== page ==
Truss has pledged to limit the of technology exports to authoritarian regimes, including a crack-down on Chinese-owned companies, such as TikTok. Truss has also expressed views on her desire for “two internets”, one for teenagers and one for protecting adults’ free speech, and has vowed to crackdown on crime by wanting the police to “spend their time investigating real crimes, not Twitter rows and hurt feelings”.
Tax and the Economy
Truss has been vocal throughout the leadership campaign about her economic priority to cut taxes, which currently total £30 billion worth of tax cuts. She has considered cutting income tax and VAT as part of a range of options to tackle the cost-of-living crisis and has announced plans to reduce business tax rates to help smaller enterprises. Truss has also announced her intention to conduct a substantial review of current tax rates for families, carers, businesses, inheritance, and the self-employed.
Truss intends to reverse the increase in National Insurance that was introduced in April and has promised to cancel a scheduled rise in Corporation Tax. Under Truss’ leadership, it is possible that the UK could pull out of an international corporation tax deal agreed by Rishi Sunak to ‘stich-up’ global corporation tax rates at 15 percent.
In terms of energy prices, Truss has offered to provide support for the cost of energy bills, but she has yet to clarify what this support would be in practice. She has opposed any further windfall taxes on energy firms and is against a freeze in the energy price cap; however, more recent reports have suggested from insiders that some sort of freeze could be expected.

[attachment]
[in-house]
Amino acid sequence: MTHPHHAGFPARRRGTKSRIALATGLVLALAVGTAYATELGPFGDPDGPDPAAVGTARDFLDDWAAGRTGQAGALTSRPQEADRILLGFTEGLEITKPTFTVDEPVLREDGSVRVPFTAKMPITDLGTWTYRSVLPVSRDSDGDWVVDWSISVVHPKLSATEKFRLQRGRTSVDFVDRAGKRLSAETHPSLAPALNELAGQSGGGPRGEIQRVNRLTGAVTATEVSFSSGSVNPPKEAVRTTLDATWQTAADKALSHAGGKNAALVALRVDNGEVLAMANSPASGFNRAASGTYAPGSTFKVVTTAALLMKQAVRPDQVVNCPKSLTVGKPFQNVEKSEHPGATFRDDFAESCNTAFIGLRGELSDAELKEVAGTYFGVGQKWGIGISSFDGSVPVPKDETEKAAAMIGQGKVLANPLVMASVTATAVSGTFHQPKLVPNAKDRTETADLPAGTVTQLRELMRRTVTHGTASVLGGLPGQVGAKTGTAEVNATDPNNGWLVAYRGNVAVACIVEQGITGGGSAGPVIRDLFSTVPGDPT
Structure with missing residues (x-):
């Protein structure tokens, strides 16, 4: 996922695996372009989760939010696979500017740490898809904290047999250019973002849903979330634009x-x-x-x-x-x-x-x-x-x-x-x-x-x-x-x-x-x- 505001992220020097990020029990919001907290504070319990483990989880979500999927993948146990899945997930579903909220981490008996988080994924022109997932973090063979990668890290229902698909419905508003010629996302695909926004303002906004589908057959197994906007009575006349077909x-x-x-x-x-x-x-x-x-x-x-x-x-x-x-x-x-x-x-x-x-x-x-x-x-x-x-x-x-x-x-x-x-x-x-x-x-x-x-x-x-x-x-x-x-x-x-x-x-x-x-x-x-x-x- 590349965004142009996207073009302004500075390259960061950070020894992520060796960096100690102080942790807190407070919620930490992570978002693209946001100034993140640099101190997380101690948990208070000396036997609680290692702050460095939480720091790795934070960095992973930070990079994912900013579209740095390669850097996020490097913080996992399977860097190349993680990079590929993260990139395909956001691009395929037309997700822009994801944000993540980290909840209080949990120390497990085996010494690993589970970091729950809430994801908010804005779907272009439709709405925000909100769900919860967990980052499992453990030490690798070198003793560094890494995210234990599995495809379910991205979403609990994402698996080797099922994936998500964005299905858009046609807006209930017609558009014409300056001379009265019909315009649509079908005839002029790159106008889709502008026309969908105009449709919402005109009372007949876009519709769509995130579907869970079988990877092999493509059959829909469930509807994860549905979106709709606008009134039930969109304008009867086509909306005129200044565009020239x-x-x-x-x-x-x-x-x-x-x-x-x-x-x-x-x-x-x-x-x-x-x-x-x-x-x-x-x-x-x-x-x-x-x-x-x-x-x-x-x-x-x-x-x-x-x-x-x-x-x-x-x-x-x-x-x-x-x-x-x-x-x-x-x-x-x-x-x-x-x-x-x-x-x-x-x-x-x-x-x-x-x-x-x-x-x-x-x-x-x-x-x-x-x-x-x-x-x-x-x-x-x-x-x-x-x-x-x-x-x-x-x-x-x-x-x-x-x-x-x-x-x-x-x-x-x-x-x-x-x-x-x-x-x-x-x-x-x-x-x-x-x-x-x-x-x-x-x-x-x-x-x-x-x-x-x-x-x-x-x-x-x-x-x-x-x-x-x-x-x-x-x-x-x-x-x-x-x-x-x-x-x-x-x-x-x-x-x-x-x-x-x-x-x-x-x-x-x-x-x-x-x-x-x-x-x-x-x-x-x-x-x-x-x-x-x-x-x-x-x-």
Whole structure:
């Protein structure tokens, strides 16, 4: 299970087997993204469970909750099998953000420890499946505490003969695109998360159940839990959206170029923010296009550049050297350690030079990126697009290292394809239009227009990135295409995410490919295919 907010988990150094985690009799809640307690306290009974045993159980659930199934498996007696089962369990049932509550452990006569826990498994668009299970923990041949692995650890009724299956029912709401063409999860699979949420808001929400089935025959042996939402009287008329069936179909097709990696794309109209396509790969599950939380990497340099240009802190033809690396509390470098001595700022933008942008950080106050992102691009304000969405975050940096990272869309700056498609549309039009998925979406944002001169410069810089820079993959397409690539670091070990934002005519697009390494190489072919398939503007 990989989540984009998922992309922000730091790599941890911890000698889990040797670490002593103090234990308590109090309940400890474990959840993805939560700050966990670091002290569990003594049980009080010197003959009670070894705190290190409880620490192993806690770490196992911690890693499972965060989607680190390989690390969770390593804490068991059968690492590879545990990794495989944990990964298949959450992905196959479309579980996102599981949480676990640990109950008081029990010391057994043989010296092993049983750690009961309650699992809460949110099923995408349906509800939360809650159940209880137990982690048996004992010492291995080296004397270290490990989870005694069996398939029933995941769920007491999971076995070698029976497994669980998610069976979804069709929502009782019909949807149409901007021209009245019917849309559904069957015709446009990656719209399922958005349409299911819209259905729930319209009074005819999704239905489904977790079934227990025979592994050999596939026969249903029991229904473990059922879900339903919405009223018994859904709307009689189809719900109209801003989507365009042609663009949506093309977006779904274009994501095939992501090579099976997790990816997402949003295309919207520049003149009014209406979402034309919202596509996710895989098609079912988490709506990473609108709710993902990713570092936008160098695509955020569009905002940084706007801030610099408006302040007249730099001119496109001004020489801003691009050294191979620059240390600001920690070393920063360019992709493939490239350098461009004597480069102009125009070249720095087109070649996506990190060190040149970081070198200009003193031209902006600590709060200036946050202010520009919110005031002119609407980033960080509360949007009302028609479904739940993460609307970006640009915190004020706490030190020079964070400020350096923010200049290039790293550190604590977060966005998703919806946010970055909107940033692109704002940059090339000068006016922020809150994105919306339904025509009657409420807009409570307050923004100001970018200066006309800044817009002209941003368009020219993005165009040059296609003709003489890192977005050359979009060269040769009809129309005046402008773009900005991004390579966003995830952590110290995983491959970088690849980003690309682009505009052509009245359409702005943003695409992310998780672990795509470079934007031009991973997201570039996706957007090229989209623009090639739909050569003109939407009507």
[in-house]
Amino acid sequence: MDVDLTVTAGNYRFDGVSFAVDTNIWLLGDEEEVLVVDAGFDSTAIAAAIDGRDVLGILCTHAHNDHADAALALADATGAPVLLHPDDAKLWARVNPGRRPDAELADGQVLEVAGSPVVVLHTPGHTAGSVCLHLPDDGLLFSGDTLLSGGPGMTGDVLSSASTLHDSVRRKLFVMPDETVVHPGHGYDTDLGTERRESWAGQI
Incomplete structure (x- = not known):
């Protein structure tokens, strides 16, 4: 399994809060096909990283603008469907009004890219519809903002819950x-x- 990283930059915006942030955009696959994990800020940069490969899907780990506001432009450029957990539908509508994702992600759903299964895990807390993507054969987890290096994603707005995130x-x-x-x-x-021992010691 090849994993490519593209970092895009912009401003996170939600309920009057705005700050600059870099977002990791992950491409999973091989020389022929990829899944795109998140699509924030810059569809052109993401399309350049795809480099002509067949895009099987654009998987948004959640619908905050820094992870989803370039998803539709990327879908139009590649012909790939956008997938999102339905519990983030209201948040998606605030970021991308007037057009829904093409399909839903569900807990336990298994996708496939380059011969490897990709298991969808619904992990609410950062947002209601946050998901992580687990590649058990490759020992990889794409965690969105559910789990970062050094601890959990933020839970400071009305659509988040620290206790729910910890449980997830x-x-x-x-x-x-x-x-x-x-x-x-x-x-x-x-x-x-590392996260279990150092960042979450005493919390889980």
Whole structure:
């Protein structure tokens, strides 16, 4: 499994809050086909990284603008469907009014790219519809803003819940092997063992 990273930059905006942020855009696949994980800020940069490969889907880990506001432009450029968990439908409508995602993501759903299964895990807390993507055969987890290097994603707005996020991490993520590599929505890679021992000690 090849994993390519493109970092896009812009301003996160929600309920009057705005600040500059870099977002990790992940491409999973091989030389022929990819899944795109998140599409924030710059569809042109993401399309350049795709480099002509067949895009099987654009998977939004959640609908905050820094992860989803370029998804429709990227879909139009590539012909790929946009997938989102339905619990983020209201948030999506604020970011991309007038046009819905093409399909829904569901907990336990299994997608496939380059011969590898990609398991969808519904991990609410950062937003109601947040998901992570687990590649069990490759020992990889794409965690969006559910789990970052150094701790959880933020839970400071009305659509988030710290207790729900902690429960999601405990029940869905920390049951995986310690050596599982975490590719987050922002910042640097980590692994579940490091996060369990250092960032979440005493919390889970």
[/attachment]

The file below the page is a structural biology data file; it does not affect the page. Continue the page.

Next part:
It can be expected that British foreign policy will remain mostly the same, given that Truss held the position of Foreign Secretary under Boris Johnson. However, Truss has also characterised herself as the ‘Brexit Delivery’ prime minister and has pledged to “unleash the full potential of Britain post-Brexit.”
Truss has vowed to review all EU-derived regulations by the end of 2023, and to scrap or amend any EU-derived measures deemed to be holding the City of London and the UK back. An example of this is the slashing of GDPR rules, which were mirrored upon the EU data protection regime, with the introduction of a new Data Protection and Digital Information Bill in July.
Truss’ ‘tough on Europe’ approach towards the EU is likely to cause friction with EU leaders; when asked about whether President Macron is an ally, Truss remarked that “the jury’s out, but if I become prime minister, I will judge him on deeds not words.” Truss also recently launched legal proceedings against the EU because the UK’s access to the Horizon Europe’s research and innovation funding programme has yet to be formalised by the EU.